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Put simply, where a dispositive difference arises between them, the people are not bound to support (i.e., uphold by their action) the disposition of the representative. But their representative is bound to uphold in action the disposition of the people. Otherwise, he fails to represent them. The only question that may arise in this respect has to do with what constitutes the substantive disposition of the people, i.e., the disposition of their being that corresponds to its enduring nature. But according to the premises from which the American people take the initiative that establishes their claim to speak with the voice of sovereign power, the substance of their enduring nature depends on the will of their Creator, not simply their own will. Both they and their chosen representatives must look to the Creator’s will to ascertain the limits and purposes that substantiate their use of governmental authority.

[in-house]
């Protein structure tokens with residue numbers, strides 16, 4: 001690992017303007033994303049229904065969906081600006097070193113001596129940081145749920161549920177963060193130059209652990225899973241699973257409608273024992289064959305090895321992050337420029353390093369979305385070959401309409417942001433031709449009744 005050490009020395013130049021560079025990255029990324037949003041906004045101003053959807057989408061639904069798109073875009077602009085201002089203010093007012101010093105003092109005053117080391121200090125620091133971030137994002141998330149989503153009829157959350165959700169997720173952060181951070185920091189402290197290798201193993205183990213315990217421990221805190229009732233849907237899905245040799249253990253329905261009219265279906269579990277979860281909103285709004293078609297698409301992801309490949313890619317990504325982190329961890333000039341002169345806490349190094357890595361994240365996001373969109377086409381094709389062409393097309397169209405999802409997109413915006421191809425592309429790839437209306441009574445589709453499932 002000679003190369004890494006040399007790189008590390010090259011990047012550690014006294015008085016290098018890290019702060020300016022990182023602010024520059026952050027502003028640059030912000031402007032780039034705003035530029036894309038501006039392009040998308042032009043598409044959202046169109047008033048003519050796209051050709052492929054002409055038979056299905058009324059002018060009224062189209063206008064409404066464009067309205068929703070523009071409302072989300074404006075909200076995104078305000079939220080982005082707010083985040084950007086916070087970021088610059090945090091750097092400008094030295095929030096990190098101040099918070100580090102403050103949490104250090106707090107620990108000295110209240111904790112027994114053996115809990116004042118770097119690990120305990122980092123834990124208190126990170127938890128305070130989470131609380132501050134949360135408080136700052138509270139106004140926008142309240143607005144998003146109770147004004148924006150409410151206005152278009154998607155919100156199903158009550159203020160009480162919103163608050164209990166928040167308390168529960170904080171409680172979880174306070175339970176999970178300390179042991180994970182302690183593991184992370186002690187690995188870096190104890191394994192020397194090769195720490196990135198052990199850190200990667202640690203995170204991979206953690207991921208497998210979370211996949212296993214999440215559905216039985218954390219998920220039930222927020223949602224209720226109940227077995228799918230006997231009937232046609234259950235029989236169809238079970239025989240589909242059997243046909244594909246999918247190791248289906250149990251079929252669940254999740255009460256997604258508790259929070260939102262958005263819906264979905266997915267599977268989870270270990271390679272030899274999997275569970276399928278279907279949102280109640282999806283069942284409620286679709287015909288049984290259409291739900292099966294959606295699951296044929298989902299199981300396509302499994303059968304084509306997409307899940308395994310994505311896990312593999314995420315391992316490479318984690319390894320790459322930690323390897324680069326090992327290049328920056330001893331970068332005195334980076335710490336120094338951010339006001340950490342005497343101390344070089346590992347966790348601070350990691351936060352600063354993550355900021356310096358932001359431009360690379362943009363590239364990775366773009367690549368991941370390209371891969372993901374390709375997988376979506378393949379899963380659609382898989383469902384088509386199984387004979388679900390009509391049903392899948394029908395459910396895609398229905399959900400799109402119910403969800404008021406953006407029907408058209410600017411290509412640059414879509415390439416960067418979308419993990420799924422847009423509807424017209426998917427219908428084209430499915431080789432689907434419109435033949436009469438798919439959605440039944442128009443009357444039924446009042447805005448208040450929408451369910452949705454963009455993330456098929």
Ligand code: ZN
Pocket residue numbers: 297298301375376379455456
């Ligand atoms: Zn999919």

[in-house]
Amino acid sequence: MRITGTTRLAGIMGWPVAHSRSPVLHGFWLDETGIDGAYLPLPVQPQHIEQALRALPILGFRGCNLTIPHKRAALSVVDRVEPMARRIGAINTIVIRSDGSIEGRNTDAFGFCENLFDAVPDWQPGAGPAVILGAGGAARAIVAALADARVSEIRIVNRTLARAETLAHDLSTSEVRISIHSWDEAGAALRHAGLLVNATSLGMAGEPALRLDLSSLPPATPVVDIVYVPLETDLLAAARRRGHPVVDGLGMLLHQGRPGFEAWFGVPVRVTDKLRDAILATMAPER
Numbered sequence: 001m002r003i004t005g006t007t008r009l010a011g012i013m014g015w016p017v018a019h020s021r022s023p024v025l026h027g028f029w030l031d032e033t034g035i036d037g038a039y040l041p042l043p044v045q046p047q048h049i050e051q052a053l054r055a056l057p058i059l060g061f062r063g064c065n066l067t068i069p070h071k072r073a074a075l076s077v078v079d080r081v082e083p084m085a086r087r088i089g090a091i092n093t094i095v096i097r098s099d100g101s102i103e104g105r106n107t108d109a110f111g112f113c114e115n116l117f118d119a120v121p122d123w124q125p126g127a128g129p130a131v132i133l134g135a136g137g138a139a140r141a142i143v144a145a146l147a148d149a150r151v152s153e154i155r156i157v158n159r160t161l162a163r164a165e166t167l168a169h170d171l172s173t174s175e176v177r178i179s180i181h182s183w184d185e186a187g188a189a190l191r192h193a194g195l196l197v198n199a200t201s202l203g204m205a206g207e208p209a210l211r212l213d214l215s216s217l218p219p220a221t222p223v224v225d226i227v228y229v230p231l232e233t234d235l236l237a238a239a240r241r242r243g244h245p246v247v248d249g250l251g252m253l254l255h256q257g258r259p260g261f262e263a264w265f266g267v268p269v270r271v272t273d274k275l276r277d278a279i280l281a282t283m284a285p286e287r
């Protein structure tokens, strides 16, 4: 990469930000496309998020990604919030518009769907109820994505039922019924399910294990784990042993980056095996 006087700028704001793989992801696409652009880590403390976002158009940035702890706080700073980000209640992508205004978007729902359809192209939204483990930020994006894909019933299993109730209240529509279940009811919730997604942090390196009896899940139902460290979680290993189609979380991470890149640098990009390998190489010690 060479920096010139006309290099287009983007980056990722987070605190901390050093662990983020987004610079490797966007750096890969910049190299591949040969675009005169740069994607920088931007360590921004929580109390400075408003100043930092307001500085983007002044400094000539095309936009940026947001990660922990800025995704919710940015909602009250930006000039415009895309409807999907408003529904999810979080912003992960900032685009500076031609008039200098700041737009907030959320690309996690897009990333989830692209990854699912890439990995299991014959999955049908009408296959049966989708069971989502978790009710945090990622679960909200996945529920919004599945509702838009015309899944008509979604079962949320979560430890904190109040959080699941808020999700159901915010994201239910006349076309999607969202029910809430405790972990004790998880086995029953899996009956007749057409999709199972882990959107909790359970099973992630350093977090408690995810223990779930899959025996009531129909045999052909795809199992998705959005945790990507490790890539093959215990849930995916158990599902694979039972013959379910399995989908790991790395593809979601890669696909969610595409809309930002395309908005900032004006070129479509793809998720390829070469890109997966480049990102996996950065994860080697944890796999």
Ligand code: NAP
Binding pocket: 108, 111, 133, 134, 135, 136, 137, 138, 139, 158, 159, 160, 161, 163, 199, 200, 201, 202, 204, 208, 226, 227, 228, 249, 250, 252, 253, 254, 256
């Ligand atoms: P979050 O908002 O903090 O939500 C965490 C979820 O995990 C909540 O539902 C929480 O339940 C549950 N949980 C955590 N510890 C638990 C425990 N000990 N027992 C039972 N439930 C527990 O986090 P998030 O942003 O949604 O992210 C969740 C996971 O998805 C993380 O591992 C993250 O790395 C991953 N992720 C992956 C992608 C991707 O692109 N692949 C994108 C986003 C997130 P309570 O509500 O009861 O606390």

The representative is therefore bound to vote according to the disposition of the people, but they can never be under any reciprocal obligation. In this respect, they rule on any differences that arise, much as we are the ones who determine the movement of the hand or arm of our reflection in a mirror. But in this respect our body politic may do routinely what is far more difficult if not impossible for our organic body- If our members in Congress offend us, we can replace them with more compliant ones.
To this end, the Framers of the U.S. Constitution took care to provide for periodic elections. Because the members of the U.S. House of Representatives were intended more particularly to reflect the actual disposition of the people, their faithful representation of the people, or the lack thereof, is more frequently put to the test. When the electoral system functions properly, therefore, the House should more and more become the focal point for expressing the people’s dissatisfaction whenever the U.S. Government consistently fails to represent the goodwill of the American people.